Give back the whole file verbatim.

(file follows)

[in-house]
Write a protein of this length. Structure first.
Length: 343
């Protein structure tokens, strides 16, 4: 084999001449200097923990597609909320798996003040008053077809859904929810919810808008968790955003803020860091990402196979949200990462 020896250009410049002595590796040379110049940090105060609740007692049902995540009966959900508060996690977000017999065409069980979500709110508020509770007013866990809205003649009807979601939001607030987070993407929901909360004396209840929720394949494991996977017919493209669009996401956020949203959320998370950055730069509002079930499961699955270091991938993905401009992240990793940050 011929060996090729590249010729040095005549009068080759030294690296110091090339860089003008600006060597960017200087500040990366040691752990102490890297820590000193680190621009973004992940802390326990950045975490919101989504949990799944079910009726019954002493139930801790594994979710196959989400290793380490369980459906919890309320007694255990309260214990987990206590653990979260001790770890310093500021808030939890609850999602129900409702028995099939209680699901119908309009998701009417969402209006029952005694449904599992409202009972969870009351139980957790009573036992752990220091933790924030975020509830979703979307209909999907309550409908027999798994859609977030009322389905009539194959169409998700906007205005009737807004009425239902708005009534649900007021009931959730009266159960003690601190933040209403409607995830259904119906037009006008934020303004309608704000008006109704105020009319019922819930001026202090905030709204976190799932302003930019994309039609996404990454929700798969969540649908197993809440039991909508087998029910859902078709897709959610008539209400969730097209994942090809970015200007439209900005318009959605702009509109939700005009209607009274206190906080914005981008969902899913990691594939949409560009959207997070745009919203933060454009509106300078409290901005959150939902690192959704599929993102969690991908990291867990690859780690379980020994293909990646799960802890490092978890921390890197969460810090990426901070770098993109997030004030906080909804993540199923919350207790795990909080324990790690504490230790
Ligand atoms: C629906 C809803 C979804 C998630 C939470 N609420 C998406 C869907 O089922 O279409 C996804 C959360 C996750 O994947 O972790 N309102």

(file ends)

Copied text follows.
[in-house]
Write a protein of this length. Structure first.
Length: 343
């Protein structure tokens, strides 16, 4: 084999001449200097923990597609909320798996003040008053077809859904929810919810808008968790955003803020860091990402196979949200990462 020896250009410049002595590796040379110049940090105060609740007692049902995540009966959900508060996690977000017999065409069980979500709110508020509770007013866990809205003649009807979601939001607030987070993407929901909360004396209840929720394949494991996977017919493209669009996401956020949203959320998370950055730069509002079930499961699955270091991938993905401009992240990793940050 011929060996090729590249010729040095005549009068080759030294690296110091090339860089003008600006060597960017200087500040990366040691752990102490890297820590000193680190621009973004992940802390326990950045975490919101989504949990799944079910009726019954002493139930801790594994979710196959989400290793380490369980459906919890309320007694255990309260214990987990206590653990979260001790770890310093500021808030939890609850999602129900409702028995099939209680699901119908309009998701009417969402209006029952005694449904599992409202009972969870009351139980957790009573036992752990220091933790924030975020509830979703979307209909999907309550409908027999798994859609977030009322389905009539194959169409998700906007205005009737807004009425239902708005009534649900007021009931959730009266159960003690601190933040209403409607995830259904119906037009006008934020303004309608704000008006109704105020009319019922819930001026202090905030709204976190799932302003930019994309039609996404990454929700798969969540649908197993809440039991909508087998029910859902078709897709959610008539209400969730097209994942090809970015200007439209900005318009959605702009509109939700005009209607009274206190906080914005981008969902899913990691594939949409560009959207997070745009919203933060454009509106300078409290901005959150939902690192959704599929993102969690991908990291867990690859780690379980020994293909990646799960802890490092978890921390890197969460810090990426901070770098993109997030004030906080909804993540199923919350207790795990909080324990790690504490230790
Ligand atoms: C629906 C809803 C979804 C998630 C939470 N609420 C998406 C869907 O089922 O279409 C996804 C959360 C996750 O994947 O972790 N309102």